The problem for Rikuo in the beginning was that everyone was saying how the android musician was better than he was. In the end when the android goes back to playing the piano, it seems that everyone only wants to hear him and is really enthralled with him. It goes back to the scenario of the beginning for me. That is because Rikuo does not get a chance to play in that scene at all. I asked myself will the people at the Time of Eve ever want to hear Rikuo play again now that they have the android back? Will he always have to step aside whenever the android comes in? Would there would have to be some sort of discussion agreeing that they are both important? The same with Sammy. She should still be allowed to play too.

I fall into these thoughts possibly because I am a musician. In some situations, I have had to stand aside for better musicians and resented it. In those situations when I wanted to share the stage with them, they were too self-centered to allow it. Or maybe they weren't too self-centered, maybe they wanted to maintain their identity.

Anyway, the ending was disturbing for me in those ways.

If you take it from the intended message though, you see Rikuo watching the android play and everyone enjoying it. Rikuo is happy just to see that everyone is enjoying themselves. He is in the moment.

I suppose every musician gets a chance at some point to play for someone to make them happy. Sometimes it can be enough to find some quiet time to play alone just for the musician to make themselves happy.

message 19: by Mike (new) - rated it 5 stars

Mike | 145 comments Very interesting. Thank you for sharing this perspective.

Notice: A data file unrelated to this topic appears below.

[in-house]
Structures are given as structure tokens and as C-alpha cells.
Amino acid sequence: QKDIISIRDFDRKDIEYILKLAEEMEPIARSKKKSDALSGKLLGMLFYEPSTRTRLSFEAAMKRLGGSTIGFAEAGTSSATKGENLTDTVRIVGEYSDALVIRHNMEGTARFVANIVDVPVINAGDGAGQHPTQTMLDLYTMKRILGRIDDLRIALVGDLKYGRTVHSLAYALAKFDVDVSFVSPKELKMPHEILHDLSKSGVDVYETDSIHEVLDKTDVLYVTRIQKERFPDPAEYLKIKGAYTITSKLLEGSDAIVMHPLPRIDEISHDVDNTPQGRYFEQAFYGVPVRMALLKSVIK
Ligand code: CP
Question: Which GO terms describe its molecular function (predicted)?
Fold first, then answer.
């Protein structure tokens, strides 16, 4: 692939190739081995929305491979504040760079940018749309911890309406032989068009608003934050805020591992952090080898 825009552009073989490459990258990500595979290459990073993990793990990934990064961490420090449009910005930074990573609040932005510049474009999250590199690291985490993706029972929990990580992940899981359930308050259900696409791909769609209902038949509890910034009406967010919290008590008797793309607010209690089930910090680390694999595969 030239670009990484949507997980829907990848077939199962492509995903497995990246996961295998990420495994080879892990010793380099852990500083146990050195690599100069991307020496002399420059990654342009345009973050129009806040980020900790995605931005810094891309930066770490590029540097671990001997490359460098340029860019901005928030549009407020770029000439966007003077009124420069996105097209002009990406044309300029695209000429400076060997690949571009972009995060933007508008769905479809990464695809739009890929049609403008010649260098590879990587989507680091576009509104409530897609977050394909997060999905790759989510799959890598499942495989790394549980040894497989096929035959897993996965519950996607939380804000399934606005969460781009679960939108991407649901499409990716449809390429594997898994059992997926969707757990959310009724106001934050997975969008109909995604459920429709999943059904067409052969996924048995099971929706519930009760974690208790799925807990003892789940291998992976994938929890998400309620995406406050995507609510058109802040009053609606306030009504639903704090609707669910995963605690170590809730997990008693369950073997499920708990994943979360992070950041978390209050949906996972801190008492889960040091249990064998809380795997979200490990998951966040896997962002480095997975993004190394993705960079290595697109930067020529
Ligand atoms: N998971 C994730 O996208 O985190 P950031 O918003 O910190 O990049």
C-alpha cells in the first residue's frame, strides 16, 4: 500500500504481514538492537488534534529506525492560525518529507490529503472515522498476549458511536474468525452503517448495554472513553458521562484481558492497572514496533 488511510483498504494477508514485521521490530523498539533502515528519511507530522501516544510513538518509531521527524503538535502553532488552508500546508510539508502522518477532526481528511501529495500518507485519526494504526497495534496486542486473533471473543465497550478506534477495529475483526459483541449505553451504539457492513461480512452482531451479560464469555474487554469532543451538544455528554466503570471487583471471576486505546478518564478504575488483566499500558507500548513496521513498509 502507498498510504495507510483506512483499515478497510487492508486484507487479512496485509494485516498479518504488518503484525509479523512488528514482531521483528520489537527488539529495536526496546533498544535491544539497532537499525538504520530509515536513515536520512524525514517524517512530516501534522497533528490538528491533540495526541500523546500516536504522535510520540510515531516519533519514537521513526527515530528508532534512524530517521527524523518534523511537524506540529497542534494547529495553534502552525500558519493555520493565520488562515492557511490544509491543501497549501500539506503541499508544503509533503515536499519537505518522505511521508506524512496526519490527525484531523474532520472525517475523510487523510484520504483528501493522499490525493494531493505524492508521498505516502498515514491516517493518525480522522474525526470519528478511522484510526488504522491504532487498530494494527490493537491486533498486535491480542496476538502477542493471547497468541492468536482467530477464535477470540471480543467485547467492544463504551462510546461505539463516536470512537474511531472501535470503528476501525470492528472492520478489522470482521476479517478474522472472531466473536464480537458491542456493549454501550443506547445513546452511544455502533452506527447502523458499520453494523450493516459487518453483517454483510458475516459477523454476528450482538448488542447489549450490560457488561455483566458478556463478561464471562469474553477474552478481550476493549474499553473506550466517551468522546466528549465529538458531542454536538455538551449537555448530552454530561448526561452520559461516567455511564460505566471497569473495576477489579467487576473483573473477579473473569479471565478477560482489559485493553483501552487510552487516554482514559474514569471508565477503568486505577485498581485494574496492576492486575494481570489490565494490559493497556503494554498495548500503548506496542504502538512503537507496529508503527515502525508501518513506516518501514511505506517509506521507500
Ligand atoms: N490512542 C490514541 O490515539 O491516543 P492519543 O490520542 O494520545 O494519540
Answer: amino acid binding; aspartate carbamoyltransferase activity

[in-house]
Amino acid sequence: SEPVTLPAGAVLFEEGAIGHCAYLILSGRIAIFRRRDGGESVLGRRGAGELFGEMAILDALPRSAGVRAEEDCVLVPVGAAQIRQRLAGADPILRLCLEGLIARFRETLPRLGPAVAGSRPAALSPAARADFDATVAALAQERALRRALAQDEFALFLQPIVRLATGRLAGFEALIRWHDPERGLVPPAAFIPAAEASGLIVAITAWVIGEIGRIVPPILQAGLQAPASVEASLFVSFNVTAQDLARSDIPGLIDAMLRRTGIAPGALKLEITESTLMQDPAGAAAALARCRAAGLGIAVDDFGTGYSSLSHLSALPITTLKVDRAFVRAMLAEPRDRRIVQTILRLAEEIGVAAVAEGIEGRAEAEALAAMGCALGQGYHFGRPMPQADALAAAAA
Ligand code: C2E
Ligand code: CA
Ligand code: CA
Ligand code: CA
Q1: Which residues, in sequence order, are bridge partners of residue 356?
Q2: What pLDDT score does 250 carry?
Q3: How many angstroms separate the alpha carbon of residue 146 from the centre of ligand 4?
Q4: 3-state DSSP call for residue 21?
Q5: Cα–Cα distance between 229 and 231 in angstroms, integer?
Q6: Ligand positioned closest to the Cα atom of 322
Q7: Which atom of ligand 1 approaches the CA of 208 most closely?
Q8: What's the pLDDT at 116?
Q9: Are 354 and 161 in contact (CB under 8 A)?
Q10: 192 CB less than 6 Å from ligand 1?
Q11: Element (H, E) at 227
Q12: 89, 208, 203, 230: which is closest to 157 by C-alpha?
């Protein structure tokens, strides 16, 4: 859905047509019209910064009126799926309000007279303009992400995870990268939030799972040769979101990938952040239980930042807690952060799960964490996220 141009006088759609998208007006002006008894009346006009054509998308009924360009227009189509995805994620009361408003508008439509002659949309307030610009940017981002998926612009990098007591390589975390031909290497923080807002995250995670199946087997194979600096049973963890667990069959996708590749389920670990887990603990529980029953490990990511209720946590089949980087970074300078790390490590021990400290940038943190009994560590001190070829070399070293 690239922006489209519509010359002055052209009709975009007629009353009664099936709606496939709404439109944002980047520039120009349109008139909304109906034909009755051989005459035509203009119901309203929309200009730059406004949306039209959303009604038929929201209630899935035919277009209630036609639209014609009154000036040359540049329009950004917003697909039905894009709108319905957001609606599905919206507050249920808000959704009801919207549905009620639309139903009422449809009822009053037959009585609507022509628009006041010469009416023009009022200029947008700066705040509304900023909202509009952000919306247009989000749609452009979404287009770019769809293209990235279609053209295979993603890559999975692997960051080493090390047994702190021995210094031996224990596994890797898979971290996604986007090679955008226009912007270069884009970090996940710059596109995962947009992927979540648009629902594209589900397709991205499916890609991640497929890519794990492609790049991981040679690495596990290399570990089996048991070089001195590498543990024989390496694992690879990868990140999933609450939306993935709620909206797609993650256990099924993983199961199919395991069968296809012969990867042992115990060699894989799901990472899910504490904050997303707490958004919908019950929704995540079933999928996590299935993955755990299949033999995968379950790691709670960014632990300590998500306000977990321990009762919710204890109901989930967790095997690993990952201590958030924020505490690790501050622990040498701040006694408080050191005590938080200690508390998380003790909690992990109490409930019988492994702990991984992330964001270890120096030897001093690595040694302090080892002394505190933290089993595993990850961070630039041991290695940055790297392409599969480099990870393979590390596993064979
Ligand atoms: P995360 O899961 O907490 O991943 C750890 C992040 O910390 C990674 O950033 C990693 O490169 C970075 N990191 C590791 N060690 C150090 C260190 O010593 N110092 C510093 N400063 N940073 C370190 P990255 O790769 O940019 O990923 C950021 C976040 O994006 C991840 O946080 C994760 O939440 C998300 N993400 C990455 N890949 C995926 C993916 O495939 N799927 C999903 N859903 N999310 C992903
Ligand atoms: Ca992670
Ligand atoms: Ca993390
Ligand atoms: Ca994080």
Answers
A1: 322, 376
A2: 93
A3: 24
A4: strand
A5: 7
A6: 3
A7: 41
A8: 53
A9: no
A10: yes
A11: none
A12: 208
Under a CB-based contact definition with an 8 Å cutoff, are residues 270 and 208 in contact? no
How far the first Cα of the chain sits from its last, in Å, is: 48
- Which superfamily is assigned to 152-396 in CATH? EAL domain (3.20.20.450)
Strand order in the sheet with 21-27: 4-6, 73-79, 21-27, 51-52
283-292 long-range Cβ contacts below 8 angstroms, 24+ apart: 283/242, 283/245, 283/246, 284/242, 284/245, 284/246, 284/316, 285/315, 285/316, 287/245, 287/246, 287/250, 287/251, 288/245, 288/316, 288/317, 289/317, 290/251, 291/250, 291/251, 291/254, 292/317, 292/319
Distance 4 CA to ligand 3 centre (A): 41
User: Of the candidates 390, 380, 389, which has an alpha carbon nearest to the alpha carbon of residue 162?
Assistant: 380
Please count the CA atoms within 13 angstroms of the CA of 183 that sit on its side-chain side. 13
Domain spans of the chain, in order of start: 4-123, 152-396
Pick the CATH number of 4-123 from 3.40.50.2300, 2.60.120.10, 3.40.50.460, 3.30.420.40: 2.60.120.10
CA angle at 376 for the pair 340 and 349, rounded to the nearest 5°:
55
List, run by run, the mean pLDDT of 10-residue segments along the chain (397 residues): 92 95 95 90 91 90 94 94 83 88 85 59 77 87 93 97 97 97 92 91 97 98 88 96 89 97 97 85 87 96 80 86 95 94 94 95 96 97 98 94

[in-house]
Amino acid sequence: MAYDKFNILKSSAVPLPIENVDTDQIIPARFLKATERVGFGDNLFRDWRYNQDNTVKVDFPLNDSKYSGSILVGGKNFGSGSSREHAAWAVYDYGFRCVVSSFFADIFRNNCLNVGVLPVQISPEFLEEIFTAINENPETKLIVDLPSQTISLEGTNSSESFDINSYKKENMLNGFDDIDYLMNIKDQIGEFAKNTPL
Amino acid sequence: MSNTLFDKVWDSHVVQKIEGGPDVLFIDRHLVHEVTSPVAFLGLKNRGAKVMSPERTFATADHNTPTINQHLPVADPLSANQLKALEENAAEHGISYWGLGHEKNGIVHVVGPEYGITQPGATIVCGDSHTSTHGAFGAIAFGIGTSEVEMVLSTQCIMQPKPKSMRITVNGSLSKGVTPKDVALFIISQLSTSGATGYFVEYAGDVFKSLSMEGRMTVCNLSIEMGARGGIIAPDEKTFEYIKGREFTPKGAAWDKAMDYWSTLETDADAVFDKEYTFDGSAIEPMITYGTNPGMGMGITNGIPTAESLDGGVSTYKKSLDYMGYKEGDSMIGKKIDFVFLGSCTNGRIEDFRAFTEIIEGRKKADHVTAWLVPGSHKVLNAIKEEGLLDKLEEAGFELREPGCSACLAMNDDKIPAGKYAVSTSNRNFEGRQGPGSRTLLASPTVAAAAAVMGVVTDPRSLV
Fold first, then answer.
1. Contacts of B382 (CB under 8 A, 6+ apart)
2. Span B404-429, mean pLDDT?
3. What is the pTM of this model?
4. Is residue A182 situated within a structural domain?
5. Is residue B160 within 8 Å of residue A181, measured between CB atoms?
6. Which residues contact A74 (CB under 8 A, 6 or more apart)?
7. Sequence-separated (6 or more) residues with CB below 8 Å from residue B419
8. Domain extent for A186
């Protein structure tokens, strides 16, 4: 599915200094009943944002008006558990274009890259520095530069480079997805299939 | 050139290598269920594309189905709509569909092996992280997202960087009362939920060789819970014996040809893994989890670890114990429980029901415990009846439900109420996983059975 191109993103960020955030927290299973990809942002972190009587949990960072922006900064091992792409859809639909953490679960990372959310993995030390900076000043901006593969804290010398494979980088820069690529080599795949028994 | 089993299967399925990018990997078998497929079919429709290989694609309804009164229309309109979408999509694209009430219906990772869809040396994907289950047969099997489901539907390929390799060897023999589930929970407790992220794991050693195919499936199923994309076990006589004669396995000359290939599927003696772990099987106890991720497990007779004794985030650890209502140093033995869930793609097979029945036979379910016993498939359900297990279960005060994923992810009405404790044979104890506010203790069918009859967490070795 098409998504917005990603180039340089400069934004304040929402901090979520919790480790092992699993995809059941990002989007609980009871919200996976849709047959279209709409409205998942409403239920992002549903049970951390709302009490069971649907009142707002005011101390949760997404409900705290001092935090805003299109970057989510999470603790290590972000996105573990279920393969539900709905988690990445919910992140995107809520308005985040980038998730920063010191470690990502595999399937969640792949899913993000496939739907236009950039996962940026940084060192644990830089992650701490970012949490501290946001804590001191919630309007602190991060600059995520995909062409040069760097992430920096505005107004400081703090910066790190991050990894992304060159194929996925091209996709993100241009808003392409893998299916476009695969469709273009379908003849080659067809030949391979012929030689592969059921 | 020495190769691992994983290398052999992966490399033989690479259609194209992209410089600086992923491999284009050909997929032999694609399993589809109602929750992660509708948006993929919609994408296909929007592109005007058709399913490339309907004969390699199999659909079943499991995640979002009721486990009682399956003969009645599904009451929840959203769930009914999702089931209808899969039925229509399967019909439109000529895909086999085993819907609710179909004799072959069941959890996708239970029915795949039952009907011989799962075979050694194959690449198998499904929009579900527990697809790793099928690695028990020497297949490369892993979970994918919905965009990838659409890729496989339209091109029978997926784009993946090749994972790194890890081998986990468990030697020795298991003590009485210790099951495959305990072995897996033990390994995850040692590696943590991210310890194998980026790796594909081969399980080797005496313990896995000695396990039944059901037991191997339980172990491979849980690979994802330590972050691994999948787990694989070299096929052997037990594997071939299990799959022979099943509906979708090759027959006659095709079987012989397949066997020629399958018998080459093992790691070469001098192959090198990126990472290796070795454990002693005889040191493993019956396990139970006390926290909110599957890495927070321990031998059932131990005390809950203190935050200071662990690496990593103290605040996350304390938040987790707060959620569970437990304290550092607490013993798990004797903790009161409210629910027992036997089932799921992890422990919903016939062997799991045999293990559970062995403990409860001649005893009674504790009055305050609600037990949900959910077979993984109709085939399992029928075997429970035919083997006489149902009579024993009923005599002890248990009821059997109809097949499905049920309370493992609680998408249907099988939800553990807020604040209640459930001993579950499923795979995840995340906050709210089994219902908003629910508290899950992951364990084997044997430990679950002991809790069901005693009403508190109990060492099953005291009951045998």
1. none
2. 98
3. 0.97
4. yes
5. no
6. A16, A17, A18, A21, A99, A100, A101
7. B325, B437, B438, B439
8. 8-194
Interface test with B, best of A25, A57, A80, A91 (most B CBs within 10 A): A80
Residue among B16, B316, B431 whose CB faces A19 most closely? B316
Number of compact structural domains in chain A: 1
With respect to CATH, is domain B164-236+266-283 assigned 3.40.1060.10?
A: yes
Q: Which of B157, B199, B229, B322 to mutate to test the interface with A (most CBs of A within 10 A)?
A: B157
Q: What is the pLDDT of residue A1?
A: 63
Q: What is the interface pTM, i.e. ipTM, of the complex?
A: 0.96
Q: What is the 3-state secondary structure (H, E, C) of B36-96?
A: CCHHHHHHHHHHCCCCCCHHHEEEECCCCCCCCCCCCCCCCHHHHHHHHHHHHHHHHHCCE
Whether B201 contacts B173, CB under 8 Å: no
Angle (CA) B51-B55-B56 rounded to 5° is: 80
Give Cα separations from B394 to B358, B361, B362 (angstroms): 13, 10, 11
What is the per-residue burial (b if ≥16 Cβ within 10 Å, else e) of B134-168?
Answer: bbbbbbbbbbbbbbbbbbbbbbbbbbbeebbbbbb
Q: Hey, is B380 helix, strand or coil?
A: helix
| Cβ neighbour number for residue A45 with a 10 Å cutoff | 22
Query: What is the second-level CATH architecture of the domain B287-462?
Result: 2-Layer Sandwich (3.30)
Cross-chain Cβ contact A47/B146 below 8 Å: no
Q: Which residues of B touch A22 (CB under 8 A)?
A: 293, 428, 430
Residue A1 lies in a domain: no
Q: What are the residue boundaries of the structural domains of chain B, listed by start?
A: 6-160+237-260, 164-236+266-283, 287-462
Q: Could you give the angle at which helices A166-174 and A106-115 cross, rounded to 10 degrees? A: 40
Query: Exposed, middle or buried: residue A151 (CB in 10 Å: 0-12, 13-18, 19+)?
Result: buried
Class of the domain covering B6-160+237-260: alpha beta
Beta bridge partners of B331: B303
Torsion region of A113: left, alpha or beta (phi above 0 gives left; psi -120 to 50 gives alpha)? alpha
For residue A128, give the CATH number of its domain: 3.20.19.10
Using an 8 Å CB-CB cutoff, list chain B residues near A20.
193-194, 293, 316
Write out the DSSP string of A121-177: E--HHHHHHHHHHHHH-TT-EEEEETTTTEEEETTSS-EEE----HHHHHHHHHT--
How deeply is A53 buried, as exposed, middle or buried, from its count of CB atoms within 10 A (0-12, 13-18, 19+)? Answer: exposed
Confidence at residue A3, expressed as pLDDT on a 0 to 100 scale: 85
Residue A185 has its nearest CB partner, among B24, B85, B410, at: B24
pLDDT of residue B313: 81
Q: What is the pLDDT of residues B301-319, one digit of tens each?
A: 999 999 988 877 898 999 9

I don't feel like the LN really addressed this aspect. It seemed implied to me between the supporting cast's general characterizations and the fact that Time of Eve is a "safe space" for humans and robots that that same attitude would extend to supporting Rikuo, Sammy and the robot in equal measure as friends as each of them played in the future.

As for Rikuo and the robot themselves, it seemed their conversation and the understanding that they had both hurt and subsequently forgiven each other point towards them being considerate and supportive of each other as far as playing time and effort goes.

But it is an underlying theme that perhaps SHOULD have been addressed explicitly, considering Rikuo originally stopped playing because the robot was better than him. As you point out, the subject of talent leading to entitlement doesn't go away just because Rikuo's decided to play for other's happiness instead of being obsessed with being the best.

Another interesting question is what happens at the robot's company once he starts playing again? Will they put his "model" into production? If so what happens when they play "against" each other? Since he's "fixed" will they try to improve on his design and replace him? The more I think about it there are a number of dark possibilities going forward from what initially seemed like a fairly happy ending.

Joanne | 113 comments Mike wrote: "Very interesting. Thank you for sharing this perspective.

I don't feel like the LN really addressed this aspect. It seemed implied to me between the supporting cast's general characterizations an..."
Yes, I agree with you Mike. There are lots of thoughts that can go into this book which make it seem less happy. I didn't think about the new models. Maybe they could be programmed to not care about how others feel about how good they are?

Here's a weird thought. My son claims he is "immune" to some feelings. For example, he claims he is "immune to cute". If he sees a cute little kid, it doesn't phase him. Sometimes, I find him quite unfeeling and sometimes, I think he covers his feelings for some reasons. So, the point I am making is maybe androids could become immune to some types of human responses and not interpret them as meaning the human is hurt. For example, if an android sees a human upset about its music playing, maybe it could be trained not to care. Maybe it could be trained to only respond to physical harm.